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  • Incidence of Re-operation for Posterior Cervical Fusion: A Large Scale Retrospective Analysis

    Final Number:

    Royce Woodroffe MD; Logan Helland MD; Patrick W. Hitchon MD

    Study Design:

    Subject Category:

    Meeting: Section on Disorders of the Spine and Peripheral Nerves Spine Summit 2018

    Introduction: Posterior cervical fusions have been increasingly used to treat a variety of spinal pathologies. With this, there has been an increase in re-operations and construct failures. While it is generally accepted that C2 provides a rostral anchoring point due to the ability to place a more robust screw, and fusion across the cervico-thoracic junction (CTJ) reduces adjacent segment disease, there are currently no guidelines with regards to extent of fusion required for different scenarios.

    Methods: This is a retrospective review of 370 patients who underwent posterior cervical fusions over a 12 year period at a single institution. This study looks at the re-operations, from all causes, of posterior cervical fusions at a single institution and compares different fusion techniques, including the failure rate for subaxial fusions with those that include C2, as well as those that cross the cervico-thoracic junction.

    Results: Of the 370 patients reviewed 44 patients (11.9%) that required a revision of any kind. 11 patients (3.0%) had failure related to ASD and 5 (1.4%) related to hardware failure. There was not a higher revision rate (for any cause) for patients who had a subaxial fusion and compared with those that included C2. When looking at biomechanical failures only (adjacent segment disease and screw pullout), patients were less likely to require a revision procedure if their fusion crossed the CTJ (p = 0.038). Of patients requiring revision there were a higher percentage of patients with previous ACDF (p < 0.001).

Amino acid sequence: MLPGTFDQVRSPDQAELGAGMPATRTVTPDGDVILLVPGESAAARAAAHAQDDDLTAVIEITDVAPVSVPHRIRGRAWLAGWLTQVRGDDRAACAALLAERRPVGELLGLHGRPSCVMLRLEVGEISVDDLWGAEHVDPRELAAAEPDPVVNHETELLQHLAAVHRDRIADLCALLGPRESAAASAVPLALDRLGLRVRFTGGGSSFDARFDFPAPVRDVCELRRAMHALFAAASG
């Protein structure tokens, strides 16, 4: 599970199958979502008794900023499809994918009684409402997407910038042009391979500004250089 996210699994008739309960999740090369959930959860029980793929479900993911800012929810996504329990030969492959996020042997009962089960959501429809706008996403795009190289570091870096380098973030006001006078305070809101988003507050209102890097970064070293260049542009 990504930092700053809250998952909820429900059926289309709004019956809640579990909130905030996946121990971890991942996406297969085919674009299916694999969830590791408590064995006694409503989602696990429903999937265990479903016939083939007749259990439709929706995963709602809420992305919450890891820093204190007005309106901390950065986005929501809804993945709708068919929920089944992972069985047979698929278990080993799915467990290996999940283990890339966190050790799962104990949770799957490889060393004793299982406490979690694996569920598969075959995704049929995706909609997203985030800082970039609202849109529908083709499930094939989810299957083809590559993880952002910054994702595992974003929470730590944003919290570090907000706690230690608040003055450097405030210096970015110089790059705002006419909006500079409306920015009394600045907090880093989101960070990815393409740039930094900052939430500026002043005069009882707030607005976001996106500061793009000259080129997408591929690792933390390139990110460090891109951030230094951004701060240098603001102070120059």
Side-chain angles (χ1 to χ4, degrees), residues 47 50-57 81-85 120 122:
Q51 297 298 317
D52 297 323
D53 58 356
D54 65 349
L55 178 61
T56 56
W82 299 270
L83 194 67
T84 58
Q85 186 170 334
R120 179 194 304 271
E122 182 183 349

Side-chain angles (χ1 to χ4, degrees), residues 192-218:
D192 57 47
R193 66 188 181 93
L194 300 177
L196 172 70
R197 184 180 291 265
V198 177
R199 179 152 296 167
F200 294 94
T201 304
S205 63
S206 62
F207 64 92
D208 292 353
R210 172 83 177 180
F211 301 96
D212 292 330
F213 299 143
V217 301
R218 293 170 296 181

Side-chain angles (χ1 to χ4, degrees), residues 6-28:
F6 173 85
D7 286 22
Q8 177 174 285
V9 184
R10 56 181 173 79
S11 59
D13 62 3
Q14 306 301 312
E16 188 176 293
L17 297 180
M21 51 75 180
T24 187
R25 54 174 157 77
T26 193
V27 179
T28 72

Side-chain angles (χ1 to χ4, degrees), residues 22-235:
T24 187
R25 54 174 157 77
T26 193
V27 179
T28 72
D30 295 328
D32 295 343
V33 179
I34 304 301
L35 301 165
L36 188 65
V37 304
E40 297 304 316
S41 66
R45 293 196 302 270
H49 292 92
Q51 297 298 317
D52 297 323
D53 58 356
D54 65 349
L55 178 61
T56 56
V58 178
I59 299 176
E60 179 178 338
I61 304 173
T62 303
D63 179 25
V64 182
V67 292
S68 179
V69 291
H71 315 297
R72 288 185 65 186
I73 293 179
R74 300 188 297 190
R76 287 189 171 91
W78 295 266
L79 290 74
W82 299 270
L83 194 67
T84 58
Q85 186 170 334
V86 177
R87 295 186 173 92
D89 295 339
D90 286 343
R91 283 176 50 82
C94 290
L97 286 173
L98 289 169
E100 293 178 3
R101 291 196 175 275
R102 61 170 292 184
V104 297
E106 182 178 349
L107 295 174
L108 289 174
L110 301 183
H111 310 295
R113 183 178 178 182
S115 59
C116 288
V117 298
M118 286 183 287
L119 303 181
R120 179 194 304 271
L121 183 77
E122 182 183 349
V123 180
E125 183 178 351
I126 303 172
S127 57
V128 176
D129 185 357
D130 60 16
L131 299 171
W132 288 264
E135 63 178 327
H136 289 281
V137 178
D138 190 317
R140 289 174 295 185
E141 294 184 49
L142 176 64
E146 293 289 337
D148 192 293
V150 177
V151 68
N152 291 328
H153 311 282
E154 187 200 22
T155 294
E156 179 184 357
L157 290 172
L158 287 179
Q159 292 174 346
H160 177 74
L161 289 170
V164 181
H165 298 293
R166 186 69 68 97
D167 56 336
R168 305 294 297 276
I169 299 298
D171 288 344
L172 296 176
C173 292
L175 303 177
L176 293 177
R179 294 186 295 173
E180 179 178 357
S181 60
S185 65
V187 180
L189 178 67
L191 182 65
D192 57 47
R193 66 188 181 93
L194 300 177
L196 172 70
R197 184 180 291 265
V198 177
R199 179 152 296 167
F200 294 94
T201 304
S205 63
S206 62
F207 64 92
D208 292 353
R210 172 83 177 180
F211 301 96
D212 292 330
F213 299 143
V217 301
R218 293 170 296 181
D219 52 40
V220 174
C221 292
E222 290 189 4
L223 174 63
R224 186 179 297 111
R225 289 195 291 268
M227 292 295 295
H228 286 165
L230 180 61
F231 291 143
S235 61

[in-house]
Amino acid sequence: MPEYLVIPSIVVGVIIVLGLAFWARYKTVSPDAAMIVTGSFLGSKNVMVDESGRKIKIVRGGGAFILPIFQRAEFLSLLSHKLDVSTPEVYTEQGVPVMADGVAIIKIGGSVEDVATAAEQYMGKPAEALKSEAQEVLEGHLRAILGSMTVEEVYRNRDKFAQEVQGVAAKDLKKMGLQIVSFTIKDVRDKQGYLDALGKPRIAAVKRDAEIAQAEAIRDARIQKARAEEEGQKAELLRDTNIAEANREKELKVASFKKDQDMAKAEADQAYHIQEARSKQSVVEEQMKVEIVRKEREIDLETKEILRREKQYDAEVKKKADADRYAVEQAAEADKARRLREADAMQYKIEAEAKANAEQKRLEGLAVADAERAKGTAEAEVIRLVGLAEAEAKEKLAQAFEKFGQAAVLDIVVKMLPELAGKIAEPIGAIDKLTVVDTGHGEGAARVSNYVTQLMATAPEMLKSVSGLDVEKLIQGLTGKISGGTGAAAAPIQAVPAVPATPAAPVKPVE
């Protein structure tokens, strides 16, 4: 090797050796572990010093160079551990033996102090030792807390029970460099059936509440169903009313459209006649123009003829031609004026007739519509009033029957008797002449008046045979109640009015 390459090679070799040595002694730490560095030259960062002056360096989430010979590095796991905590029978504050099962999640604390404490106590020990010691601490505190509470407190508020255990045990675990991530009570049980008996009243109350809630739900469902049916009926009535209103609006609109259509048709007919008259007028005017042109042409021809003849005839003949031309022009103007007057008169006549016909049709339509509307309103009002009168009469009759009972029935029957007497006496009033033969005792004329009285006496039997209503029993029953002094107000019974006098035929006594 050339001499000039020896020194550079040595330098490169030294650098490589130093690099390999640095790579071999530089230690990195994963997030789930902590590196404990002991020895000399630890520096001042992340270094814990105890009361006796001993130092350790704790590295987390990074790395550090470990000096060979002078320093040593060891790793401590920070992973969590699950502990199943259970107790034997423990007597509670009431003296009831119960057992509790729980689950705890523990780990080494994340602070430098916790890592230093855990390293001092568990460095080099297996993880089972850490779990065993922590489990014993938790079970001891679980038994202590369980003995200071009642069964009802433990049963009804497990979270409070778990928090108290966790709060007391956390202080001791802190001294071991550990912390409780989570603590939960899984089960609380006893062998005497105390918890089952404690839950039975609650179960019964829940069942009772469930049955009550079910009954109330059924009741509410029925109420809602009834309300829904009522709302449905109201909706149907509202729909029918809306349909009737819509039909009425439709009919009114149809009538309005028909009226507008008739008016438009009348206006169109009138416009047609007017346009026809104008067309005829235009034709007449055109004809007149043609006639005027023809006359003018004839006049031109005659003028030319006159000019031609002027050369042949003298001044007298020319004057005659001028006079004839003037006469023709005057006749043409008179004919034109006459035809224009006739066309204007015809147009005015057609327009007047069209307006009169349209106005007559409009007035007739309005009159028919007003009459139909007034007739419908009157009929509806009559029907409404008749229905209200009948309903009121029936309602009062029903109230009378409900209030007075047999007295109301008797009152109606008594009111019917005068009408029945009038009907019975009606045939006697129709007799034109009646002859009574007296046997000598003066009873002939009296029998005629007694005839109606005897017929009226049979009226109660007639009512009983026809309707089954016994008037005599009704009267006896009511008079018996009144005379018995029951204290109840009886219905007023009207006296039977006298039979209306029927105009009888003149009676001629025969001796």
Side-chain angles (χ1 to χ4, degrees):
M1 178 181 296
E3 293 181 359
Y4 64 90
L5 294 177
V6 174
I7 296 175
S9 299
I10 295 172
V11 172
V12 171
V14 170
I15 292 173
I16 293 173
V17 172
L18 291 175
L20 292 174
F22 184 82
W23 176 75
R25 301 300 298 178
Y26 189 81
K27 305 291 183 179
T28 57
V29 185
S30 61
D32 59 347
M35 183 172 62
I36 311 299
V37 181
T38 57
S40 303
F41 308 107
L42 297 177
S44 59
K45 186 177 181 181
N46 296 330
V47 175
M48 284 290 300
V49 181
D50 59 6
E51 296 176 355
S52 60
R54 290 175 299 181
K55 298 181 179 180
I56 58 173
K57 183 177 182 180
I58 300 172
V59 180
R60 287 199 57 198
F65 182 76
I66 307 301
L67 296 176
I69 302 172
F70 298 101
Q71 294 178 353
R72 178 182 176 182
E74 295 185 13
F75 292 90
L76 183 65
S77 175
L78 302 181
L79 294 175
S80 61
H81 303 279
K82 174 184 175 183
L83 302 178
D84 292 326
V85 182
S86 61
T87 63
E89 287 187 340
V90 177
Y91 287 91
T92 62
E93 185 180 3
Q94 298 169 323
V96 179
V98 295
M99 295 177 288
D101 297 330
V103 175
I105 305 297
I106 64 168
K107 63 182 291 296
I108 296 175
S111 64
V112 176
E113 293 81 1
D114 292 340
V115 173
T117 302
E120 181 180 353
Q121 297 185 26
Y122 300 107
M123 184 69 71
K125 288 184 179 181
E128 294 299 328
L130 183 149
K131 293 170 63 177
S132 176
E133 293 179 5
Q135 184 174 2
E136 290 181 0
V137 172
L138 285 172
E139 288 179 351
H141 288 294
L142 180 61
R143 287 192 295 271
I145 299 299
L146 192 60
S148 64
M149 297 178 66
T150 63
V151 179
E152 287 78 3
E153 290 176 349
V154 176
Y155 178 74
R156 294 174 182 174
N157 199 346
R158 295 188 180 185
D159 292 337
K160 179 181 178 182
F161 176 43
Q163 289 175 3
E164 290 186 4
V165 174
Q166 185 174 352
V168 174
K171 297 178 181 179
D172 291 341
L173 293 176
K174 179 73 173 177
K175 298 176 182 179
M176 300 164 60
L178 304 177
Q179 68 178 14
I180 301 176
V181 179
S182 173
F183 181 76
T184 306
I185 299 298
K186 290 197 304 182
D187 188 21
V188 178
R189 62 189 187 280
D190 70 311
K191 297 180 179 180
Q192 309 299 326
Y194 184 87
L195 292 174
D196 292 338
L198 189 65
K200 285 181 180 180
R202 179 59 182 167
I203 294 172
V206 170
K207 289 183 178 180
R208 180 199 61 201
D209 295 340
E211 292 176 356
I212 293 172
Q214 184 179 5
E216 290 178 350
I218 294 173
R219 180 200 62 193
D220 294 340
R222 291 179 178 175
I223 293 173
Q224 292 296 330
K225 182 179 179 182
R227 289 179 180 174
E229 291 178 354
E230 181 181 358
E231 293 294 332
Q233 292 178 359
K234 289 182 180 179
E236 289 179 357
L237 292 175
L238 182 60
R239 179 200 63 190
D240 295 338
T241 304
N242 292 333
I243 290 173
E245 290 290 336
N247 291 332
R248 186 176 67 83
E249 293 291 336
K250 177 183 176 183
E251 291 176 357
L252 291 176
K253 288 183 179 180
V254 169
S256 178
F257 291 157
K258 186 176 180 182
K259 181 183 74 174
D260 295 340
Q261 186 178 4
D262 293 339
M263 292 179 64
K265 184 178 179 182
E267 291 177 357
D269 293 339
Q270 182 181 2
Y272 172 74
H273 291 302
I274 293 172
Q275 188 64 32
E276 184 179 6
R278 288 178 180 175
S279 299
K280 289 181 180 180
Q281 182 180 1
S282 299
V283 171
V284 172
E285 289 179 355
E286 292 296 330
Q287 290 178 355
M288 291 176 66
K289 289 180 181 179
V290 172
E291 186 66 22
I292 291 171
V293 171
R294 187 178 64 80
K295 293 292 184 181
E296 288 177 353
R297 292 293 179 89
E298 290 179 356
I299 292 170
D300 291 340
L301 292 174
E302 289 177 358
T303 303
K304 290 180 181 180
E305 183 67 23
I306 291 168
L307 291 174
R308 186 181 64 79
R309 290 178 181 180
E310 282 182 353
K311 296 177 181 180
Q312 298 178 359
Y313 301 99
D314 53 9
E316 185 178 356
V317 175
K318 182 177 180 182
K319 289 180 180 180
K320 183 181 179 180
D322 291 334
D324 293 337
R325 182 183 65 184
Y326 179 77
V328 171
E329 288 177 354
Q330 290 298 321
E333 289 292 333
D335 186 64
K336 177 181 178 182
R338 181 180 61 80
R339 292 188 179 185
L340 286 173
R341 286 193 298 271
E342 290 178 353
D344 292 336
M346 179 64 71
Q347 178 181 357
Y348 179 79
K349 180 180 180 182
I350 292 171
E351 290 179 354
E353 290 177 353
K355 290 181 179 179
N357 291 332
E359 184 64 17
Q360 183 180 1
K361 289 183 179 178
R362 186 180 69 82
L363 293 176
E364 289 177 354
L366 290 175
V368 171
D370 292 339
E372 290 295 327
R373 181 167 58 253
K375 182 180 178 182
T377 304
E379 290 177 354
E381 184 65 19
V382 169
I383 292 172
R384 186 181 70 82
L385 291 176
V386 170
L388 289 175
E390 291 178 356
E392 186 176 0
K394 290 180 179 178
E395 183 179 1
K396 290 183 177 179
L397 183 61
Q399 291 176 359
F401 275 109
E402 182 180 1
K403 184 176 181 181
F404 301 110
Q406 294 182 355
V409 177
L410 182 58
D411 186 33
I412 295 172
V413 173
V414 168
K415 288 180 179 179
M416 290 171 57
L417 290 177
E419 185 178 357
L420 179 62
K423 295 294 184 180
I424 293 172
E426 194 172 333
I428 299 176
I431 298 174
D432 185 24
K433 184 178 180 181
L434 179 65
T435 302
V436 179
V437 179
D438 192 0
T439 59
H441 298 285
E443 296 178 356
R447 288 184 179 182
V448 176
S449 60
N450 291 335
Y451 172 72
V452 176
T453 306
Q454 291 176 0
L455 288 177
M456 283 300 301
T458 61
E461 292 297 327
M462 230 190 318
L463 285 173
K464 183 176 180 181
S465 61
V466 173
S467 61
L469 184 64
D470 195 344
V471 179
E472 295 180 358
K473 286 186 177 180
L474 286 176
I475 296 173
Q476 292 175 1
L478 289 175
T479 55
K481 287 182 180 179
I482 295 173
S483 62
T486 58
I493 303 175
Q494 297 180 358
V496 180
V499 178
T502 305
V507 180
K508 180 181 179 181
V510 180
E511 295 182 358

Conclusions: This study did not show an increased risk of failure based on the decision to incorporate C2; however, there was a significantly increased re-operation rate in patients who did not have fusions crossing the CTJ. When indicated, posterior cervical fusion constructs should cross the CTJ, however there is no evidence to support inclusion of C2 for prevention of biomechanical failures.

    Patient Care: By determining the causes of poster cervical fusion failure and re-operation surgeons will be able to make more informed decisions regarding patient selection and extent of fusion required.

    Learning Objectives: By the conclusion of this session, participants will able to describe the risks of failure of posterior cervical fusions, and discuss the importance of the inclusion of C2 and crossing the CTJ. When indicated posterior cervical fusion constructs should cross the CTJ, however there is no evidence to support inclusion of C2 to prevent biomechanical failures.

    References: Fessler, R.G. and L.N. Sekhar, Atlas of neurosurgical techniques. Spine and peripheral nerves. Second edition. ed. 2016, New York: Thieme. p. Osterhoff, G., et al., Posterior Multilevel Instrumentation of the Lower Cervical Spine: Is Bridging the Cervicothoracic Junction Necessary? World Neurosurg, 2017. 103: p. 419-423.

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